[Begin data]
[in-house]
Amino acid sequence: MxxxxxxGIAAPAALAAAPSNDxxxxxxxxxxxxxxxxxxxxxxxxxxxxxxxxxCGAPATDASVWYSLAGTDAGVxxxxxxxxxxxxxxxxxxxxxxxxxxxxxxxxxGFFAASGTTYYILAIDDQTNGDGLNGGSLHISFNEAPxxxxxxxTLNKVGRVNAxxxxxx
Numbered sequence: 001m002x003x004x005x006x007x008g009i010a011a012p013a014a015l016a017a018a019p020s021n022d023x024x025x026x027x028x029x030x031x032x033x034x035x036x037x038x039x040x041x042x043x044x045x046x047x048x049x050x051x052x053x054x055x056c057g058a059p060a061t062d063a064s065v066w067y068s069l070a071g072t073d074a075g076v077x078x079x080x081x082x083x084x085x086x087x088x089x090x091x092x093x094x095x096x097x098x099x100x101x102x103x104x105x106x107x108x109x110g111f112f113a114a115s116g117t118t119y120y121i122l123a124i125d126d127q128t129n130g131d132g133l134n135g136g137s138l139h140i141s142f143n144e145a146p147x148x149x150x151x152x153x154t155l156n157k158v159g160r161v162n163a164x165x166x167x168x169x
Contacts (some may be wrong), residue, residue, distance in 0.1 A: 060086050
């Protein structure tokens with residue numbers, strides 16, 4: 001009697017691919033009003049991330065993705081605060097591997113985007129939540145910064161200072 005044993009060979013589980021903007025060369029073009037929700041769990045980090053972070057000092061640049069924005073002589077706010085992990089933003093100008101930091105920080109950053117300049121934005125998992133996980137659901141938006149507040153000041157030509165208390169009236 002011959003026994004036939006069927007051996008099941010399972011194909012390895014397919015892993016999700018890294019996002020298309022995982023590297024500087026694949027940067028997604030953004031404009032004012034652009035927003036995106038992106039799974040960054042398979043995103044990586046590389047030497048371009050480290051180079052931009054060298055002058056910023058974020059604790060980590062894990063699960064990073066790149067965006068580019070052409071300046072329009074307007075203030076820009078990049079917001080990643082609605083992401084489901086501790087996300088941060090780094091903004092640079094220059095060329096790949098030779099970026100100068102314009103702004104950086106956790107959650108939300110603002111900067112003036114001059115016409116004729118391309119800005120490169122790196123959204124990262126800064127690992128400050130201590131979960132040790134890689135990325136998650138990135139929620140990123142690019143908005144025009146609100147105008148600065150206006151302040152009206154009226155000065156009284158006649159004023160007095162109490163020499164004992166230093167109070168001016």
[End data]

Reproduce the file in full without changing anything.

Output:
[in-house]
Amino acid sequence: MxxxxxxGIAAPAALAAAPSNDxxxxxxxxxxxxxxxxxxxxxxxxxxxxxxxxxCGAPATDASVWYSLAGTDAGVxxxxxxxxxxxxxxxxxxxxxxxxxxxxxxxxxGFFAASGTTYYILAIDDQTNGDGLNGGSLHISFNEAPxxxxxxxTLNKVGRVNAxxxxxx
Numbered sequence: 001m002x003x004x005x006x007x008g009i010a011a012p013a014a015l016a017a018a019p020s021n022d023x024x025x026x027x028x029x030x031x032x033x034x035x036x037x038x039x040x041x042x043x044x045x046x047x048x049x050x051x052x053x054x055x056c057g058a059p060a061t062d063a064s065v066w067y068s069l070a071g072t073d074a075g076v077x078x079x080x081x082x083x084x085x086x087x088x089x090x091x092x093x094x095x096x097x098x099x100x101x102x103x104x105x106x107x108x109x110g111f112f113a114a115s116g117t118t119y120y121i122l123a124i125d126d127q128t129n130g131d132g133l134n135g136g137s138l139h140i141s142f143n144e145a146p147x148x149x150x151x152x153x154t155l156n157k158v159g160r161v162n163a164x165x166x167x168x169x
Contacts (some may be wrong), residue, residue, distance in 0.1 A: 060086050
């Protein structure tokens with residue numbers, strides 16, 4: 001009697017691919033009003049991330065993705081605060097591997113985007129939540145910064161200072 005044993009060979013589980021903007025060369029073009037929700041769990045980090053972070057000092061640049069924005073002589077706010085992990089933003093100008101930091105920080109950053117300049121934005125998992133996980137659901141938006149507040153000041157030509165208390169009236 002011959003026994004036939006069927007051996008099941010399972011194909012390895014397919015892993016999700018890294019996002020298309022995982023590297024500087026694949027940067028997604030953004031404009032004012034652009035927003036995106038992106039799974040960054042398979043995103044990586046590389047030497048371009050480290051180079052931009054060298055002058056910023058974020059604790060980590062894990063699960064990073066790149067965006068580019070052409071300046072329009074307007075203030076820009078990049079917001080990643082609605083992401084489901086501790087996300088941060090780094091903004092640079094220059095060329096790949098030779099970026100100068102314009103702004104950086106956790107959650108939300110603002111900067112003036114001059115016409116004729118391309119800005120490169122790196123959204124990262126800064127690992128400050130201590131979960132040790134890689135990325136998650138990135139929620140990123142690019143908005144025009146609100147105008148600065150206006151302040152009206154009226155000065156009284158006649159004023160007095162109490163020499164004992166230093167109070168001016």